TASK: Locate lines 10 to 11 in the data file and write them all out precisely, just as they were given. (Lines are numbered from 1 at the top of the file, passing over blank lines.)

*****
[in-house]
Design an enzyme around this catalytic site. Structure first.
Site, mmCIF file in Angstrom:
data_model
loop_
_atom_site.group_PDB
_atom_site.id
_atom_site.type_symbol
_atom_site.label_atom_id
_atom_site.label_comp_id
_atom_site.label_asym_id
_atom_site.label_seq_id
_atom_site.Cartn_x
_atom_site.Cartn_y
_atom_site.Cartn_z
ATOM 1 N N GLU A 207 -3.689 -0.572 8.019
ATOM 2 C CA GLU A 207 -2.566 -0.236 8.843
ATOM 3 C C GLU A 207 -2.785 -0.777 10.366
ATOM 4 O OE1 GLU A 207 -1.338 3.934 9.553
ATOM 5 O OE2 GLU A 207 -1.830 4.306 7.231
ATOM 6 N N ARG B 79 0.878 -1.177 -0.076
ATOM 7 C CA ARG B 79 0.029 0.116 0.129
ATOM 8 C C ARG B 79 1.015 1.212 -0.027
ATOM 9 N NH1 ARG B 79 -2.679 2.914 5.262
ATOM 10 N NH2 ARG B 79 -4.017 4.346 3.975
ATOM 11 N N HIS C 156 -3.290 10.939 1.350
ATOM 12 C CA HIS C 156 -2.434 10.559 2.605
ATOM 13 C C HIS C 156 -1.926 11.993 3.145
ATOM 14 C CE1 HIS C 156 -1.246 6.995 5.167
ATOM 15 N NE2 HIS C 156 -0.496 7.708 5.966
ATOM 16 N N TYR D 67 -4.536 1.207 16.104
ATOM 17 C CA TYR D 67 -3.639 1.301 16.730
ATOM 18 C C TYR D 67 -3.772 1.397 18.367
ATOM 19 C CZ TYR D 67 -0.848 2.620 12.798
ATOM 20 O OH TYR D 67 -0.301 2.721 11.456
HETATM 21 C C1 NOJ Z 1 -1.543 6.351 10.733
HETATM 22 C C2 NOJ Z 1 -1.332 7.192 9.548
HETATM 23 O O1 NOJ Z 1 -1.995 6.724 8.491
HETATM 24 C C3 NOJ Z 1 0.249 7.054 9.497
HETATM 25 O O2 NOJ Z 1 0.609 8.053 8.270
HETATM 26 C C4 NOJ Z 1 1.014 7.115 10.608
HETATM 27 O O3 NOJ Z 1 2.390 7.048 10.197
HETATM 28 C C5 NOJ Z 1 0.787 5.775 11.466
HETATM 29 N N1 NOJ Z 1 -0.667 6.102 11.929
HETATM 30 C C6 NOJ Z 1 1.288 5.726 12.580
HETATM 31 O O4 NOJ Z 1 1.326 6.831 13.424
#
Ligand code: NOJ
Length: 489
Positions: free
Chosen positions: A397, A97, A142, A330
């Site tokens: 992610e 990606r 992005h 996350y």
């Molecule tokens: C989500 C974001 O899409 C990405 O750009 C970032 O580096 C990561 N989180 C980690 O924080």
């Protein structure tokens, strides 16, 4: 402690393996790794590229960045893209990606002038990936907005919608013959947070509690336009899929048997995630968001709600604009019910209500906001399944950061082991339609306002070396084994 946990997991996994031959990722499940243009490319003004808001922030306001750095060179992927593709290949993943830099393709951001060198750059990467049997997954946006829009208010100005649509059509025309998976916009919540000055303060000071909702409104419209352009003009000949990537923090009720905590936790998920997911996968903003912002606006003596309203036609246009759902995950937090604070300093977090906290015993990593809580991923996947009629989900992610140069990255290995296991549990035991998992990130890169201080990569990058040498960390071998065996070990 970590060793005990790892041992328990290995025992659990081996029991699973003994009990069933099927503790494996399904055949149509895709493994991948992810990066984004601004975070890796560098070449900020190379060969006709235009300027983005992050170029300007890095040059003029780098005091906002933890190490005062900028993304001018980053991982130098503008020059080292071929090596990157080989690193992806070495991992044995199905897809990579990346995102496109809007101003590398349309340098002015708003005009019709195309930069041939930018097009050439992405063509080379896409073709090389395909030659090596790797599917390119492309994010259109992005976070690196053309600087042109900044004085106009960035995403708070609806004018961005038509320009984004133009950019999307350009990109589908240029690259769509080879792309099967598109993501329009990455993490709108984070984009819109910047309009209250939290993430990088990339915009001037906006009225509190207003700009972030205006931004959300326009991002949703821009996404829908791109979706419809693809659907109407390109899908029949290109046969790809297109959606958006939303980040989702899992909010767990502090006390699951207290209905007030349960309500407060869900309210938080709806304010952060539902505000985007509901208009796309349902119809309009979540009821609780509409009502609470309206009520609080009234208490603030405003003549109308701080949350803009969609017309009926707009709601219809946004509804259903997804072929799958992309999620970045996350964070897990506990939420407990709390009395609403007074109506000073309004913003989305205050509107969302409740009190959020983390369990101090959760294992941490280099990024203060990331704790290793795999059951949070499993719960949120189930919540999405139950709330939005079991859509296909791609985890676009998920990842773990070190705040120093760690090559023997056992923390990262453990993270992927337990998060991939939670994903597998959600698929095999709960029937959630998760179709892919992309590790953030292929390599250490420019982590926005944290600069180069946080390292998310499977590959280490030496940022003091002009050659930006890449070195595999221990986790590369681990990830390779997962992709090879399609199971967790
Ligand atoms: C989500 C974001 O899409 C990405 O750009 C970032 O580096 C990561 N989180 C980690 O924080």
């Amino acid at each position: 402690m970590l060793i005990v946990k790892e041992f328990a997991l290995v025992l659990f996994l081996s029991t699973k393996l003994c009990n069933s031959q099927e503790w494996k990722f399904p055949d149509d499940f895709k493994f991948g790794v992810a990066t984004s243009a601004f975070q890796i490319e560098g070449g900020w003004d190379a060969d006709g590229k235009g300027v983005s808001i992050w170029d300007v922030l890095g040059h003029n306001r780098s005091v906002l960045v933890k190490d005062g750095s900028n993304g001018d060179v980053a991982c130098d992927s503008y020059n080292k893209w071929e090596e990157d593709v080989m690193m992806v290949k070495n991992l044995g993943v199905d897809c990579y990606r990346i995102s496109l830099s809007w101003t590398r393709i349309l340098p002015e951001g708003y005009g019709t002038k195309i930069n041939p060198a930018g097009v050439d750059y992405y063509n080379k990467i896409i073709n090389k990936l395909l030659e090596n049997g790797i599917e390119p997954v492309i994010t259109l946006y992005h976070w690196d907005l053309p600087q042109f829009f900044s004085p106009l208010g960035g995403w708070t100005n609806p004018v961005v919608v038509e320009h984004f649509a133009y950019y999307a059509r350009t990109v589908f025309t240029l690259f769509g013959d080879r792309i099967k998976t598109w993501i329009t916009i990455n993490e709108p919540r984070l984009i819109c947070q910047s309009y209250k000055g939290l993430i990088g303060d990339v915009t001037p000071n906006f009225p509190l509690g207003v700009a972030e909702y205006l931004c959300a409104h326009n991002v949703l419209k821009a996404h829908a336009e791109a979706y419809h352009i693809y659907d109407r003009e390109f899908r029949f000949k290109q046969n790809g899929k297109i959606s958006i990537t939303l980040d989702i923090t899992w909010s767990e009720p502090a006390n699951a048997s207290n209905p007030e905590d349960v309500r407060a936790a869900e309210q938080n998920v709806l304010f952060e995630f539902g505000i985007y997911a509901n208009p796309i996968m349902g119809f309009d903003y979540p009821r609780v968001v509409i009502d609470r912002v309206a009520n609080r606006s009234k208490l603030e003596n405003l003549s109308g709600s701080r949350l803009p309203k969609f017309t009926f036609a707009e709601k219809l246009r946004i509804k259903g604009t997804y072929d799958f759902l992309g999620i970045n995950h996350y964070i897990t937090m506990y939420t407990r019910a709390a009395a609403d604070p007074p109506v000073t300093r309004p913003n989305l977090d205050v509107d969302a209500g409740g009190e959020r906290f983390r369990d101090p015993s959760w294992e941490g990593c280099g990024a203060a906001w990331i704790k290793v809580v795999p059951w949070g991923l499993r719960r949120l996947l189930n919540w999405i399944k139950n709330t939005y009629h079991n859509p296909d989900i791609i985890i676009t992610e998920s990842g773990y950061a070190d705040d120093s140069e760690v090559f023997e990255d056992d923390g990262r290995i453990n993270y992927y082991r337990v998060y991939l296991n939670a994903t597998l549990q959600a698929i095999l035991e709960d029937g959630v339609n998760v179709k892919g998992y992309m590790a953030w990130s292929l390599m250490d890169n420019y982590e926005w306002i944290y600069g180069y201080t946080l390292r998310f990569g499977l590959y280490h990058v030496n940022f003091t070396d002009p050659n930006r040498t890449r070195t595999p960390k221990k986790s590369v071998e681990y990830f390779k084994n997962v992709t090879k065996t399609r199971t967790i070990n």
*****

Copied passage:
_atom_site.label_comp_id
_atom_site.label_asym_id